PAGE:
NEW YORK — The pushy orchestra music that elbows Oscar winners off the stage has long been a trademark of Academy Awards speeches — and no one has ever used it better to his advantage than Al Gore.
Speaking about global warming during Sunday evening’s ceremony, the former vice president responded to Leonardo DiCaprio’s prodding with a fake speech that may have been the night’s best oration.
“Even though I, honestly, had not planned on doing this, I guess with a billion people watching it’s as good a time as any,” said Gore, pulling out a speech. “So, my fellow Americans, I’m going to take this opportunity right here and now to formally announce my intention ...”
And then the music kicked up loudly, cutting off Gore before his pseudo announcement of a presidential candidacy.
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Gore’s fake speech was better than his real one — though he was still solid in his short but forceful insistence that the climate crisis is a “moral issue” after “An Inconvenient Truth” won best documentary.
But on a night where no acceptance speeches seemed destined for Oscar lore, a politician outshone most of the stars.
Jennifer Hudson, whose debut performance in “Dreamgirls” won the award for best supporting actress, was the most teary-eyed winner. Though she was favored, Hudson seemed genuinely surprised: “I didn’t think I was going to win.”
Alan Arkin, the 72-year-old Brooklyn native, choked up a little after winning for his supporting performance in “Little Miss Sunshine,” but since he read his speech, the emotion was slightly obscured.
Arkin wasn’t the only actor who felt he worked best with a script. Forest Whitaker, who won for his lead role as Ugandan dictator Idi Amin in “The Last King of Scotland,” had previously seemed a little dumbfounded when accepting similar honors at ceremonies like the Screen Actors Guild Awards. On the red carpet before the Oscars, he acknowledged as much: “Sometimes I get overwhelmed.”
‘We can create a new reality’
Whitaker at first seemed to stumble, but once he got cooking he gave the night’s most emotional speech. He was unique, for sure. Whitaker thanked (among others) his ancestors and said he hoped to carry the moment “into the next lifetime.”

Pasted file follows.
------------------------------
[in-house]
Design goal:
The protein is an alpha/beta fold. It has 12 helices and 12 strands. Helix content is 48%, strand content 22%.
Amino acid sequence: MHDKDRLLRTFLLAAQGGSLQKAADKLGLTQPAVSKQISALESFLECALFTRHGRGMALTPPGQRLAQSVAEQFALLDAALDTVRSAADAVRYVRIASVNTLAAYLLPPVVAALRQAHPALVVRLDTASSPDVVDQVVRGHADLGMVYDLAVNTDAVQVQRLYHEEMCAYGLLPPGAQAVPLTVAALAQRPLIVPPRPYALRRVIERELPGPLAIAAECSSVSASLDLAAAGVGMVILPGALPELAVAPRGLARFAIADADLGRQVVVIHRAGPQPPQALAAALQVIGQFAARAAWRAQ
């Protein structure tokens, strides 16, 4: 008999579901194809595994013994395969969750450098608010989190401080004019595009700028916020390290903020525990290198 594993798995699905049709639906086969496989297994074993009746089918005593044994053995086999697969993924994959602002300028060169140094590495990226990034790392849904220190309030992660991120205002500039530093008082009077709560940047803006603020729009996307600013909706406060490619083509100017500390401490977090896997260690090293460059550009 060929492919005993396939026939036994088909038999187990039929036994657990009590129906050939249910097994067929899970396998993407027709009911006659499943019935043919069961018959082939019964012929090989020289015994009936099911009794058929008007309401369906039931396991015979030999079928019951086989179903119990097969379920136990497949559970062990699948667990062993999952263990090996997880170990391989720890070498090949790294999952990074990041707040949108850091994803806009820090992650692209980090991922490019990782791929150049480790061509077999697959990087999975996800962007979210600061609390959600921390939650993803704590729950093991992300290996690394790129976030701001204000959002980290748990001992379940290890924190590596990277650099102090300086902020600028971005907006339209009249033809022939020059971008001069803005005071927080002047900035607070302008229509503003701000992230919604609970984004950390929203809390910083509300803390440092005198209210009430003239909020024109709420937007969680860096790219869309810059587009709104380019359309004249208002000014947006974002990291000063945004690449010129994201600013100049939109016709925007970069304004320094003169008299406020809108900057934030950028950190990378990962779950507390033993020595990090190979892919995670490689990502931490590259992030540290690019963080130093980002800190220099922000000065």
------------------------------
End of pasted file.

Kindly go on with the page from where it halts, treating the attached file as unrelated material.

But he was passionate and earnest in recalling his childhood embrace of acting and the inspiration behind his work. He grandly silenced any doubters of his eloquence.
Slideshow: Red-carpet glamour “Because when I first started acting, it was because of my desire to connect to everyone,” Whitaker said. “To that thing inside each of us. That light that I believe exists in all of us. Because acting for me is about believing in that connection and it’s a connection so strong, it’s a connection so deep, that we feel it. And through our combined belief, we can create a new reality.”
Helen Mirren, whose win for her performance as Queen Elizabeth II in “The Queen” was a done deal months ago, didn’t try to muster the emotion of Whitaker, but was fittingly British: elegant and dry.
“Now you know for 50 years and more Elizabeth Windsor has maintained her dignity, her sense of duty and her hairstyle,” said Mirren.
Of course, global warming wasn’t Hollywood’s only cause celebre at the Oscars; Martin Scorsese’s long-overdue win for best director finally broke what had been increasingly seen as the Academy’s unjust snubbing of the great filmmaker. Finally awarded the statue, he reacted in disbelief.
“Could you double-check the envelope, please?” Scorsese asked presenter Steven Spielberg.
The famously fast-talking director didn’t unleash any pent-up hatred of the Academy or any poetic musings on his role in American cinema for the past four decades, but he did acknowledge the wave of sentiment that won him the Oscar.
“I just want to say, too, that so many people over the years have been wishing this for me,” Scorsese said. “Strangers. You know, I went walking in the street, people say something to me. I go in a doctor’s office, I go in a whatever. Elevators, people saying, ‘You should win one, you should win one.’ ... I’m saying, ‘Thank you.”’
Thanking Valium and Schwarzenegger
When “The Departed” soon thereafter won for best picture, it seemed a shame that movie icons like Scorsese and Jack Nicholson (who co-starred in “The Departed”) waited in the wings while producer Graham King spoke for the night’s biggest award.
The broadcast, which ran nearly four hours on ABC, had earlier asked winners to spare the audience a laundry list of benefactors. Few took much heed, and it seemed unlikely that producers, agents and family members of winners would be scurrying to the Internet to see if they at least made it onto Oscars.com’s new “Thank You Cam,” where award recipients could expand on their allotted 45-seconds.
Expect a CNN-style crawl at the bottom of the screen next year where winners can be sure to squeeze in thanks to the director (“a genius!”) and God (also smart).
There were many funny and strange little moments Sunday night. “The Departed” screenwriter William Monahan took the stage and said in astonishment, “Valium does work” — while his director, Scorsese, laughed and shook his head in the audience.
The 6-foot, 9-inch German director Florian Henckel von Donnersmarck, who won best foreign-language film for “The Lives of Others,” reached the stage in about six long, eager steps. He then curiously thanked Arnold Schwarzenegger for “teaching me that the words ‘I can’t’ should be stricken from my vocabulary.”
You can always count on the Governator to pump you up.
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